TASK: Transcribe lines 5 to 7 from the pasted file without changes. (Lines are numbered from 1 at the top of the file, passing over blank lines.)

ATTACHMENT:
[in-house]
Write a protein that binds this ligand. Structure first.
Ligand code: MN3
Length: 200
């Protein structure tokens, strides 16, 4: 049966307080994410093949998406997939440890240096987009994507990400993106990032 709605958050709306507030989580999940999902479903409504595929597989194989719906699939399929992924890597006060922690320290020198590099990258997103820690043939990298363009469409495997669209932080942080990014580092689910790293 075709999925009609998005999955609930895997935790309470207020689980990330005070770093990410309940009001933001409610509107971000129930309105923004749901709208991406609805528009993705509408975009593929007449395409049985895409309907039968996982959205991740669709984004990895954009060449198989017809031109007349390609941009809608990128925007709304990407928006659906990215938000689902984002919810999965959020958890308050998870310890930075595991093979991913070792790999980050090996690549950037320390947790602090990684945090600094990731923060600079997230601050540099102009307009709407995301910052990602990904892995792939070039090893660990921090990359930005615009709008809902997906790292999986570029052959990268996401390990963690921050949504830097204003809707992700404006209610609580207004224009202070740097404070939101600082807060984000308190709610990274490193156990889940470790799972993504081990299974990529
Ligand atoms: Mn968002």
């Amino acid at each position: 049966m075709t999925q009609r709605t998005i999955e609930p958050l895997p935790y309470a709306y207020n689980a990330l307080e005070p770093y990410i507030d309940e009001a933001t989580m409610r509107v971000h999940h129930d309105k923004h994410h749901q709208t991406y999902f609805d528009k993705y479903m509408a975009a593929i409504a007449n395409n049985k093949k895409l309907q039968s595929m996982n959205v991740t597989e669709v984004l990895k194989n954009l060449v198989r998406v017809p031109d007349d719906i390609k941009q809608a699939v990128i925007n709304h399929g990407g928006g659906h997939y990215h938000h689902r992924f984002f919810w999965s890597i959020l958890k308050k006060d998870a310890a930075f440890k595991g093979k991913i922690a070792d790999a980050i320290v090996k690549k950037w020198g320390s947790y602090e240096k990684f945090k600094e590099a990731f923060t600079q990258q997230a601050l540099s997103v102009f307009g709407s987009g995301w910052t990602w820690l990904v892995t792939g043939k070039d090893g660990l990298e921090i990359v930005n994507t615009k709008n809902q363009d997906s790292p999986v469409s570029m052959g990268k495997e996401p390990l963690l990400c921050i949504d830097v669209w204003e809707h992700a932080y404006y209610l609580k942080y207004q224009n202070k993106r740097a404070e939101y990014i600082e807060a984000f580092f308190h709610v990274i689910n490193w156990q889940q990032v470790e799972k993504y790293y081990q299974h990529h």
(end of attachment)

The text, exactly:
């Protein structure tokens, strides 16, 4: 049966307080994410093949998406997939440890240096987009994507990400993106990032 709605958050709306507030989580999940999902479903409504595929597989194989719906699939399929992924890597006060922690320290020198590099990258997103820690043939990298363009469409495997669209932080942080990014580092689910790293 075709999925009609998005999955609930895997935790309470207020689980990330005070770093990410309940009001933001409610509107971000129930309105923004749901709208991406609805528009993705509408975009593929007449395409049985895409309907039968996982959205991740669709984004990895954009060449198989017809031109007349390609941009809608990128925007709304990407928006659906990215938000689902984002919810999965959020958890308050998870310890930075595991093979991913070792790999980050090996690549950037320390947790602090990684945090600094990731923060600079997230601050540099102009307009709407995301910052990602990904892995792939070039090893660990921090990359930005615009709008809902997906790292999986570029052959990268996401390990963690921050949504830097204003809707992700404006209610609580207004224009202070740097404070939101600082807060984000308190709610990274490193156990889940470790799972993504081990299974990529
Ligand atoms: Mn968002």
């Amino acid at each position: 049966m075709t999925q009609r709605t998005i999955e609930p958050l895997p935790y309470a709306y207020n689980a990330l307080e005070p770093y990410i507030d309940e009001a933001t989580m409610r509107v971000h999940h129930d309105k923004h994410h749901q709208t991406y999902f609805d528009k993705y479903m509408a975009a593929i409504a007449n395409n049985k093949k895409l309907q039968s595929m996982n959205v991740t597989e669709v984004l990895k194989n954009l060449v198989r998406v017809p031109d007349d719906i390609k941009q809608a699939v990128i925007n709304h399929g990407g928006g659906h997939y990215h938000h689902r992924f984002f919810w999965s890597i959020l958890k308050k006060d998870a310890a930075f440890k595991g093979k991913i922690a070792d790999a980050i320290v090996k690549k950037w020198g320390s947790y602090e240096k990684f945090k600094e590099a990731f923060t600079q990258q997230a601050l540099s997103v102009f307009g709407s987009g995301w910052t990602w820690l990904v892995t792939g043939k070039d090893g660990l990298e921090i990359v930005n994507t615009k709008n809902q363009d997906s790292p999986v469409s570029m052959g990268k495997e996401p390990l963690l990400c921050i949504d830097v669209w204003e809707h992700a932080y404006y209610l609580k942080y207004q224009n202070k993106r740097a404070e939101y990014i600082e807060a984000f580092f308190h709610v990274i689910n490193w156990q889940q990032v470790e799972k993504y790293y081990q299974h990529h």